Sakano rejected the woman, telling her he couldn’t go, only to attack her and say, “What do you mean? You call yourself a monk!” He came to the realization that he was indeed a monk and that if he had not taken care of the temple supporters, “the temple was merely an ornament on the landscape.” He borrowed clothes from another temple, and managed to get to the funeral hall by bike, where he kneeled on the ground and apologized to the woman, and read a sutra.

The temple, seen in this September 2019 photo, has become a place for locals to sell handcrafted food and sundry items. (Photo courtesy of Marsh Temple)

“This temple is here because of the local area and its supporters. If there are people in trouble in the area, I must help them,” Sakano thought again.

In July 2011, a volunteer center was established at the temple as a base for disaster volunteers from different regions, and they made efforts to clean houses in the neighborhood, a job that no one has touched. Using cove poles and a home shrine from a former resident’s house he decided to dismantle the structure and ask Sakano to use their house materials to leave their legacy as a member of the community, and a meeting room connected to the main hall of the temple was reconstructed.

In the year after the earthquake and tsunami, Sakano also started a “temple cafe” so that temple supporters, who would visit the graves of their loved ones while seeing the grass growing over the plots of land where their homes were standing, could enjoy even a small coffee shop the amount of time together. Several years later, it was renamed “Temple Market”, and a market event in which residents sold handcrafted food and various items was held there once a month.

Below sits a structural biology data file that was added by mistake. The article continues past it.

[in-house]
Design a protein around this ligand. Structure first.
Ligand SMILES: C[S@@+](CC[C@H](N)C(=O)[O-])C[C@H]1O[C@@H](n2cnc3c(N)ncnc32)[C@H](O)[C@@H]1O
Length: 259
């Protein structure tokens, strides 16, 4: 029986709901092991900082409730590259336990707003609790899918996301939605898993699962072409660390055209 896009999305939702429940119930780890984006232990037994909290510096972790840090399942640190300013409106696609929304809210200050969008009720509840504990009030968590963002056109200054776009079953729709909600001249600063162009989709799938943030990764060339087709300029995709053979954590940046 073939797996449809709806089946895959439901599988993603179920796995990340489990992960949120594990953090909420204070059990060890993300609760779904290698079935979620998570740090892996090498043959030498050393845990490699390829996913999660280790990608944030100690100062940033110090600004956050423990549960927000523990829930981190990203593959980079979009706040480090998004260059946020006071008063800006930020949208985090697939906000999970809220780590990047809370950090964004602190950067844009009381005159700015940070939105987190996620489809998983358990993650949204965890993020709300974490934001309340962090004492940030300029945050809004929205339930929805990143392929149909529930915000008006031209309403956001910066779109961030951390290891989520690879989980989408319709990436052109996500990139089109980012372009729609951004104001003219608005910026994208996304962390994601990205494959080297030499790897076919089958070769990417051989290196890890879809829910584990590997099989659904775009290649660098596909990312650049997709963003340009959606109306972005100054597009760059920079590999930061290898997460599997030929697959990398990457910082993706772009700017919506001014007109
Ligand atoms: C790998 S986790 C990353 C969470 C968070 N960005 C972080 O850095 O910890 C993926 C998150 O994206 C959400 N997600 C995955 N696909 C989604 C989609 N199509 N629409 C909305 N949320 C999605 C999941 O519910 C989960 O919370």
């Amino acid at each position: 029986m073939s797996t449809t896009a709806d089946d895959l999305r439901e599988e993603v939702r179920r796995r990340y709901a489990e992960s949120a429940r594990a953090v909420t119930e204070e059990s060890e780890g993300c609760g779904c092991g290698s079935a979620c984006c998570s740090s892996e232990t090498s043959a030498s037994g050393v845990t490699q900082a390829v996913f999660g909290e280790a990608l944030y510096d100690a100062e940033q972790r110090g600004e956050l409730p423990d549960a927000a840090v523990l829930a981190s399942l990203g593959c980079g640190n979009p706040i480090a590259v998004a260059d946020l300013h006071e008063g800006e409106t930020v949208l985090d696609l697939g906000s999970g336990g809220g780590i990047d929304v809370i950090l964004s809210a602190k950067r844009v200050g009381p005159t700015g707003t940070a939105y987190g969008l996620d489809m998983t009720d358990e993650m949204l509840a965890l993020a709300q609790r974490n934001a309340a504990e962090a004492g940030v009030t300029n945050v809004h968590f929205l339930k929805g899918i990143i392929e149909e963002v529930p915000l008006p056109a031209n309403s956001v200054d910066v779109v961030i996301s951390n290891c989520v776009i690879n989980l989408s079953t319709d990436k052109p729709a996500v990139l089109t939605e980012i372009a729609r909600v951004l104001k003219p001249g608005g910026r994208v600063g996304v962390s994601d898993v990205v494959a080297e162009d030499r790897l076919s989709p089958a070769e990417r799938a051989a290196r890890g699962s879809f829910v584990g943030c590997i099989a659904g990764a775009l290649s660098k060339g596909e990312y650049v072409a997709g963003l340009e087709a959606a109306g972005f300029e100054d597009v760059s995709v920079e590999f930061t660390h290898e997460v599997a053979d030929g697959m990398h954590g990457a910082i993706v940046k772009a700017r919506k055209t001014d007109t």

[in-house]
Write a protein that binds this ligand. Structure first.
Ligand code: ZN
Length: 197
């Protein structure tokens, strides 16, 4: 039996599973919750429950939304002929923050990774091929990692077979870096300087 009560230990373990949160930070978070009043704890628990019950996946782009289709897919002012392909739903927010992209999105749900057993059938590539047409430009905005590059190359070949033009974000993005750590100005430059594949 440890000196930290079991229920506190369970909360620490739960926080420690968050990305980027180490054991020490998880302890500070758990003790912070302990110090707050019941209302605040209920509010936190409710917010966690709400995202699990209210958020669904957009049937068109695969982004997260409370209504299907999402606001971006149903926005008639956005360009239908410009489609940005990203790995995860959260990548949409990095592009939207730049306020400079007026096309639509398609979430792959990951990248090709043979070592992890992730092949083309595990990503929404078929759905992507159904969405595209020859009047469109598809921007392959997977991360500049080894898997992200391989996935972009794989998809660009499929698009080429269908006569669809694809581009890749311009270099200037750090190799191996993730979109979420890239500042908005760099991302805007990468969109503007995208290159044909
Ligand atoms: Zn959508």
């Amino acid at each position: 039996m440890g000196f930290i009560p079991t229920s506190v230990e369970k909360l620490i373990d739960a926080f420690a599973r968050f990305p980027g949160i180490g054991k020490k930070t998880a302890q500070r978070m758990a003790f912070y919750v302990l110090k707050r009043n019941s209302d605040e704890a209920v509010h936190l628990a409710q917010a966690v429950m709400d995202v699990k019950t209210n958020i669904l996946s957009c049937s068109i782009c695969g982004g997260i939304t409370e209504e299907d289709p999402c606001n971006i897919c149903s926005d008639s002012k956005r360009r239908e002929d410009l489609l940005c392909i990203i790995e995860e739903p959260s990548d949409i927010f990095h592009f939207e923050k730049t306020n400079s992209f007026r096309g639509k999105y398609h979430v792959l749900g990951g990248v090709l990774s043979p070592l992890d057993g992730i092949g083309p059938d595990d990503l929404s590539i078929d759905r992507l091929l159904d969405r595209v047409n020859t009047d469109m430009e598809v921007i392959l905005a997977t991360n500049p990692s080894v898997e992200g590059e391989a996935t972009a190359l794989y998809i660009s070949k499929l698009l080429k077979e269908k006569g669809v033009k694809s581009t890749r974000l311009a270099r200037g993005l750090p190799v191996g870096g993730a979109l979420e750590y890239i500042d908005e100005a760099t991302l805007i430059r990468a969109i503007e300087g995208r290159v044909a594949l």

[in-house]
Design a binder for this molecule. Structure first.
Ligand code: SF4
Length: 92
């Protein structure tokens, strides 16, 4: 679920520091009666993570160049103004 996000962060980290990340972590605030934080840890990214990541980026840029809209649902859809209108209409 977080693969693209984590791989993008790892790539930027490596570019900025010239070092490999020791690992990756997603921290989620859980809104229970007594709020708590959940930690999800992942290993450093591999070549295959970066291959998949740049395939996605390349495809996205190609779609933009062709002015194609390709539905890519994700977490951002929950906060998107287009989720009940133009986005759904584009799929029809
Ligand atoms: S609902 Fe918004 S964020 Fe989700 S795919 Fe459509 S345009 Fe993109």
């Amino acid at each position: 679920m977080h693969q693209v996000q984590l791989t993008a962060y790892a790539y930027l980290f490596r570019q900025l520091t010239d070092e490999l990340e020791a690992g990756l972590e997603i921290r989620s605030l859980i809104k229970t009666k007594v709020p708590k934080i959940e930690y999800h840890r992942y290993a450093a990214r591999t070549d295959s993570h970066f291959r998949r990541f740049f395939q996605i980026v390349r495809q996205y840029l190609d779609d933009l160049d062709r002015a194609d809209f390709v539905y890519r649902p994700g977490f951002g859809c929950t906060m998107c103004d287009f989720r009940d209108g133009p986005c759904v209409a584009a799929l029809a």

One of them thanked Sakano, saying, “I was afraid of the tsunami and could not approach the sea, but as I continued to attend the events, I was able to return to the area.”

The old watch was there watching Sakano in his efforts. Regarding it as “one of the few remaining mementos from the tsunami,” he cleaned and wound the spring, but didn’t move at all. Due to the coronavirus pandemic, market events have been suspended from February last year, and Sakano is no longer able to meet with volunteers from all over the country. The idea of ​​ending the gatherings came to Sakano’s mind when the clock started ticking again. After he was stopped by the epidemic, he felt the clock tell him to “move again”.

Ten years have passed since the two great earthquake and tsunami struck eastern Japan.

“We have reached a turning point in the reconstruction work, and restoration in the true sense of the word begins now,” Sakano said. While it looks like he will have to endure a difficult situation for some time, he continues to look forward.

“Planning outdoor markets and gathering volunteers… I would like people to think, ‘This chief priest is doing something again’ so that they don’t lose hope,” Sakano said.

(Japanese origin by Hana Fujita, Sendai office)